BLURB: “The Republic of Gilead allows Offred only one function: to breed. If she deviates, she will, like all dissenters, be hanged at the wall or sent out to die slowly of radiation sickness. But even a repressive state cannot obliterate desire – neither Offred’s nor that of the two men on whom her future hangs.”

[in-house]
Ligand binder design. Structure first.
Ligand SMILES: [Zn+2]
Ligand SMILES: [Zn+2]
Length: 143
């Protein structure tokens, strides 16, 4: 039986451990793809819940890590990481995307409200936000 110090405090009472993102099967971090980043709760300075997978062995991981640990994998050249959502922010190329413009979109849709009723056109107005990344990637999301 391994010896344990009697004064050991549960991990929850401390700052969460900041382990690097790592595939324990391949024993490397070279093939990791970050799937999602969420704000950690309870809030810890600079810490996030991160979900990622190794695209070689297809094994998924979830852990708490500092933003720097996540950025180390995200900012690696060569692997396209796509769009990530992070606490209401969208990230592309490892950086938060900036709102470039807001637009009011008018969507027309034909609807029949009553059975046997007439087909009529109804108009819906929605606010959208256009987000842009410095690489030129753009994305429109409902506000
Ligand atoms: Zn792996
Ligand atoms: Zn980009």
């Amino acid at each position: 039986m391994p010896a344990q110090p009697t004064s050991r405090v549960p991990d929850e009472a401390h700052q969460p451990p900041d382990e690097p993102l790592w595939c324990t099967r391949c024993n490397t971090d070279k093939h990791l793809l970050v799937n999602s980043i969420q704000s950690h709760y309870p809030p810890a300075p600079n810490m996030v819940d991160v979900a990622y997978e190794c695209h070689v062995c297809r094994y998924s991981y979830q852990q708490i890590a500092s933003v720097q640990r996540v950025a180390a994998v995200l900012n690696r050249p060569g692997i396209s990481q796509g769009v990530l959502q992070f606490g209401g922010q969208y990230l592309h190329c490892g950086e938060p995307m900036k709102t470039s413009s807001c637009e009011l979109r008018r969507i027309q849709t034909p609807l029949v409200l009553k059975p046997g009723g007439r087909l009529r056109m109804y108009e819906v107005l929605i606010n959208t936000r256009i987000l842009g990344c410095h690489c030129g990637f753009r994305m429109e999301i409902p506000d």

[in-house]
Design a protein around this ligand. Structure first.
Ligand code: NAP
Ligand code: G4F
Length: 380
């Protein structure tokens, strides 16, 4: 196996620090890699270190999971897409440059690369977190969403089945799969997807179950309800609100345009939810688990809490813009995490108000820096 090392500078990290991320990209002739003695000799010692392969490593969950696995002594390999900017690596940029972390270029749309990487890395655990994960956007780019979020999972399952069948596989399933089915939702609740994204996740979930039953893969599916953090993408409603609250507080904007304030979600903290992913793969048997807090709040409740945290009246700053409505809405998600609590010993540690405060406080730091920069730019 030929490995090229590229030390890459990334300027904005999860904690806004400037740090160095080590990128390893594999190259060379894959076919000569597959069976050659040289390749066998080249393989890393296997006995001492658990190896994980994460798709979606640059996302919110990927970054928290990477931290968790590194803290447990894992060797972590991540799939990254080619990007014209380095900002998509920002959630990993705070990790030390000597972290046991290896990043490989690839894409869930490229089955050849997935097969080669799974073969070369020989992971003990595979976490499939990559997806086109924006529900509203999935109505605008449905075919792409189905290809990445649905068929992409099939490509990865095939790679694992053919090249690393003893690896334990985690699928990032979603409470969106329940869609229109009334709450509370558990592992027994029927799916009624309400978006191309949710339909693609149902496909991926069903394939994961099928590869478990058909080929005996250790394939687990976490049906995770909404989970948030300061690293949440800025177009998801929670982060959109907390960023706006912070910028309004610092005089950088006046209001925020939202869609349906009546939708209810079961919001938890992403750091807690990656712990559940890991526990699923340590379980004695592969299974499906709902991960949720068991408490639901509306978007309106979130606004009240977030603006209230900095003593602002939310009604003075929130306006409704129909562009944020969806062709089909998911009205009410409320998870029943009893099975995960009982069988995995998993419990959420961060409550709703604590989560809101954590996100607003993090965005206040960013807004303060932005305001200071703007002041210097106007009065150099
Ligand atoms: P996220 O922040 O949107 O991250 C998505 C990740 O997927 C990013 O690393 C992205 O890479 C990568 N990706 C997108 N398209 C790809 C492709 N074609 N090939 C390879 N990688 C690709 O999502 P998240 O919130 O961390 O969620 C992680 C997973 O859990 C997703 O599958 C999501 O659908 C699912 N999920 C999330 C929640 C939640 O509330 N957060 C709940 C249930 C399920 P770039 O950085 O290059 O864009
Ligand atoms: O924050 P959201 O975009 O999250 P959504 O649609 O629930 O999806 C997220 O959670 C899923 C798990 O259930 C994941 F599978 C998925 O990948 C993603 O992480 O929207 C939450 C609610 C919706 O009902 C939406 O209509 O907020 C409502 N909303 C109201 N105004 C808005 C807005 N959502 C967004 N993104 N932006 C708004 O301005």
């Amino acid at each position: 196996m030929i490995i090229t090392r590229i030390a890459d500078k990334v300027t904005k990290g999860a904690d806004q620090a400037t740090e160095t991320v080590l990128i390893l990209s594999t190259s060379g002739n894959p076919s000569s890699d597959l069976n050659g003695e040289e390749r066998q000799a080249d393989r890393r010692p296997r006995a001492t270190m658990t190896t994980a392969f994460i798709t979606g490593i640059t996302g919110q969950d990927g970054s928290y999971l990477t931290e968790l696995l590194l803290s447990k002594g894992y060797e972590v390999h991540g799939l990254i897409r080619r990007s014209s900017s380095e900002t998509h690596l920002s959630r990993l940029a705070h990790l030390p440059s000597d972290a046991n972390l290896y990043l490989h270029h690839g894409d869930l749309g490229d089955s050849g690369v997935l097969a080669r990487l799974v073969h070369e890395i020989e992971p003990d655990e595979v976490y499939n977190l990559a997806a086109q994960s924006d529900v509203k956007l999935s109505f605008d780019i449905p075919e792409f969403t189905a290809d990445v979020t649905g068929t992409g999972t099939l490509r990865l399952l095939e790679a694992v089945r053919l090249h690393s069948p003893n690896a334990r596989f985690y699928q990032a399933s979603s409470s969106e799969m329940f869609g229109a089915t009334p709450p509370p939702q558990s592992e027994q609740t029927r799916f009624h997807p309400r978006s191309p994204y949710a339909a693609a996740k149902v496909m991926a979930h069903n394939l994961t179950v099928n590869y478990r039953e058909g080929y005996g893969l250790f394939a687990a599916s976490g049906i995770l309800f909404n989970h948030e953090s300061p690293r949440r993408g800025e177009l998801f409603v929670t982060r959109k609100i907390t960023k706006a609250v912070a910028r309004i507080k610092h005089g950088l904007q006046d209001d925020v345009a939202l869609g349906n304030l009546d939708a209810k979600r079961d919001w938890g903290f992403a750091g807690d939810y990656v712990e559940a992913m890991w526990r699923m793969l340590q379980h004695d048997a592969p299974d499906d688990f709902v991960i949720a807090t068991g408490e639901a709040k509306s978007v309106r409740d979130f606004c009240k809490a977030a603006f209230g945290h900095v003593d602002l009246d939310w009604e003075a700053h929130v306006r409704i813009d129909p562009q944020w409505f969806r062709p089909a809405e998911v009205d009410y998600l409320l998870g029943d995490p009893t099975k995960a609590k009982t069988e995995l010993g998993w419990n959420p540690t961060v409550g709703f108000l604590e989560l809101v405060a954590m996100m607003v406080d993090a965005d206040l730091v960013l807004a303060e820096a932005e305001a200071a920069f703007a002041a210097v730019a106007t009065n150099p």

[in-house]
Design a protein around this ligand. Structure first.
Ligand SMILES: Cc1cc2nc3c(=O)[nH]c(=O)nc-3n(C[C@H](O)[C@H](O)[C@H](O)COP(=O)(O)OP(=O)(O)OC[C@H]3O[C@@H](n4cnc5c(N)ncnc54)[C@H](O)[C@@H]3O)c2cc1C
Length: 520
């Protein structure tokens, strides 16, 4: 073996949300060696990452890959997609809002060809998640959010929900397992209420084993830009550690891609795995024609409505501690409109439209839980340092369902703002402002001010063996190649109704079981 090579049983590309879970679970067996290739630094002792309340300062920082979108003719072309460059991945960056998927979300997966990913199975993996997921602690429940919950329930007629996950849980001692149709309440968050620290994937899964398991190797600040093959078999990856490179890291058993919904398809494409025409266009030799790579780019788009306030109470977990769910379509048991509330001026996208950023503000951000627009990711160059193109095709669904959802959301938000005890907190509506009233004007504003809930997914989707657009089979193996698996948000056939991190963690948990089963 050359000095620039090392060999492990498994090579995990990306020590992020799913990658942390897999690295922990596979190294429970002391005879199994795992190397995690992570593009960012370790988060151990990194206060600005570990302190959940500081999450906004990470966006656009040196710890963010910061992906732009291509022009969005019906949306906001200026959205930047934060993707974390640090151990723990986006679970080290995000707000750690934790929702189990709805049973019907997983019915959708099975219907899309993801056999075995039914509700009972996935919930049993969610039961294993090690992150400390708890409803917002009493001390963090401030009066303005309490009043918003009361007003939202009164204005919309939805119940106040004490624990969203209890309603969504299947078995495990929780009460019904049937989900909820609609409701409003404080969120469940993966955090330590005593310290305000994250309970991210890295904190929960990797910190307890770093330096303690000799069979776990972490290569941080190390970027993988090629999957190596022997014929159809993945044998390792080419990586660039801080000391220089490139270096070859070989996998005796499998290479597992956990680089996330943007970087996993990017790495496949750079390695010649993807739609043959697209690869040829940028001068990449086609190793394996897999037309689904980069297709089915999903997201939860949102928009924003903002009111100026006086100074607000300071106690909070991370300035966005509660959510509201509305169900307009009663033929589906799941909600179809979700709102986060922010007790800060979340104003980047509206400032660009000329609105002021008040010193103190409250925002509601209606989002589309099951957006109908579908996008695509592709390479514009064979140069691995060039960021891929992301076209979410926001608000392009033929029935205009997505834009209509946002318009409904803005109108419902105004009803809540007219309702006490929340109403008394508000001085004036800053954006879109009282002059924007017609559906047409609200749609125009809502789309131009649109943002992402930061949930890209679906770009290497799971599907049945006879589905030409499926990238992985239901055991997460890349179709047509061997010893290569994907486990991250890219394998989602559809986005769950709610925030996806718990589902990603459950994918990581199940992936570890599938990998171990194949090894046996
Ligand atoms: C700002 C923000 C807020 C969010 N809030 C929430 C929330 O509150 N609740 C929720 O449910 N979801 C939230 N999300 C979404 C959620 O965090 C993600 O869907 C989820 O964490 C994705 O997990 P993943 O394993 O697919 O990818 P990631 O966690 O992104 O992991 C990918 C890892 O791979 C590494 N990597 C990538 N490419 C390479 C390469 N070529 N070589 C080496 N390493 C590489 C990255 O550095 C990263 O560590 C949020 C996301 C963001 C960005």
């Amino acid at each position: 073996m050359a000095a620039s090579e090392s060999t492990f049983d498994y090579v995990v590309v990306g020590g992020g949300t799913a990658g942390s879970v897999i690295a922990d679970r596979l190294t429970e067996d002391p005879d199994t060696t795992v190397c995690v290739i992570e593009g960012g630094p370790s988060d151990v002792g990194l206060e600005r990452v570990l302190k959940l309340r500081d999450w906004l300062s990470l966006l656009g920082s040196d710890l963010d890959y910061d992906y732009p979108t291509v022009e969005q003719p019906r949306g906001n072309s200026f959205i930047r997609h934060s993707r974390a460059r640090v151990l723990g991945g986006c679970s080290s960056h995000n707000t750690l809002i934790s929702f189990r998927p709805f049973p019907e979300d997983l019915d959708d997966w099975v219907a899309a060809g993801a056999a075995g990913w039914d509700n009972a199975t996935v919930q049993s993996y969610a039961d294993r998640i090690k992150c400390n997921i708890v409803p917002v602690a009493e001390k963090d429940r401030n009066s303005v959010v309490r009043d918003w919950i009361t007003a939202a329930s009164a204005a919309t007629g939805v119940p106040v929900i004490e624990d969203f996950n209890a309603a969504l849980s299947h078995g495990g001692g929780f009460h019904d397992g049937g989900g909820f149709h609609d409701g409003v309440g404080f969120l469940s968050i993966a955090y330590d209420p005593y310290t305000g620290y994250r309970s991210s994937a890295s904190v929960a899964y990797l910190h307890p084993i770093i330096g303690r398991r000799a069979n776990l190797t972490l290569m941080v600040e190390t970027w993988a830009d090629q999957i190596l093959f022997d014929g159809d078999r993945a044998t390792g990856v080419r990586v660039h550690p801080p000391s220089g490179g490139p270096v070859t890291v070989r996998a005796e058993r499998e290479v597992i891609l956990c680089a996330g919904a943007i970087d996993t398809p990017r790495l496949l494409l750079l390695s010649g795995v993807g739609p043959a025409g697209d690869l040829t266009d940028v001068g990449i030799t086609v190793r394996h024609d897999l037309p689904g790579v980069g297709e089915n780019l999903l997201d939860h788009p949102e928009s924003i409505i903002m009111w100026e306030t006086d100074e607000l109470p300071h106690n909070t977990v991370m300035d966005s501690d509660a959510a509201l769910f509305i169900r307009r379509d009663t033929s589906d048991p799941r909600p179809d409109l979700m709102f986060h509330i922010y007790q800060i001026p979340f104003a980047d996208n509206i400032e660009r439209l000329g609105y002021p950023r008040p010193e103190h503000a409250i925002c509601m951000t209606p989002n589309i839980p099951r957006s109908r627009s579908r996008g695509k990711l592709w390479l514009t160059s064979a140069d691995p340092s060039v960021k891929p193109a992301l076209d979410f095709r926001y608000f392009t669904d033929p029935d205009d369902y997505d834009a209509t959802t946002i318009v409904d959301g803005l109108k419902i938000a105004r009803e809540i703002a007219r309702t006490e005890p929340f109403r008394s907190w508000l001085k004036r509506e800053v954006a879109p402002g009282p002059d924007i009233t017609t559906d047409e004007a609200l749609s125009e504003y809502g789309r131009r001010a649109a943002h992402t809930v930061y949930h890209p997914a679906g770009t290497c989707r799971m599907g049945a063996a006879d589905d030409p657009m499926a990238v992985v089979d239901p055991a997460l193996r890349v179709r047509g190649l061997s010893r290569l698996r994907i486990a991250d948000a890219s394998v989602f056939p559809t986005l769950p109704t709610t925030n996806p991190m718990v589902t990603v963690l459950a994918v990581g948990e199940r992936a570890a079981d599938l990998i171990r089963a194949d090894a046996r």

REVIEW: I first read ‘The Handmaid’s Tale’ when I was maybe fifteen or sixteen and just starting out on the road to feminism. With the arrival of the new television adaptation, I decided it would be a good idea for me to read the novel again before I started watching, and I am so glad I did. I forgot how incredibly chilling, moving, frightening and enraging this book could be, how Atwood’s writing can light a fire that makes it very difficult to sleep after reading. The protagonist, Offred, is a designated Handmaid; women known to be fertile who are placed in the households of husband’s with barren wives, kept there for only one purpose: to give the husband and his barren wife a child. Offred’s past life is somewhat unclear, and offered to the reader in snippets, yet although we know very little overall about her husband Luke and her young daughter, and do not ever find out Offred’s real name, we can’t help but feel a strong sense of sorrow for what Offred has lost and the life she now holds. Forming a strange friendship with the Commander, the husband in her household, Offred begins to experience more of what life is like for women who are neither wives nor handmaids, including Moira, her oldest friend. She also discovers a secret network of those who resist the dictatorial state regime, and begins to rebel against the Commander by embarking on a sexual relationship with his driver, which is completely against the law for a handmaiden. Offred’s story is told in a way that often seems jagged, but is also incredibly personal; we feel like Offred is talking directly to us, as was Atwood’s intention, needing someone to hear her story and make her feel real again. It is not the sort of book where I wish to write too much of the plot, as I would rather not give away the finer details. The most chilling thing about this book, however, is that it doesn’t seem that impossible. This is the kind of repressive, totalitarian state I genuinely believe we could see at some point in the near future; the repression of women and minorities is a key component of the novel and is something that we see in daily life, though of course on a far, far smaller scale. Yet, that prejudice exists, and the fear that it could turn into something darker and stronger is one that certainly manifests itself in the reader’s mind after finishing ‘The Handmaid’s Tale’. This is an excellent book and I would highly recommend it.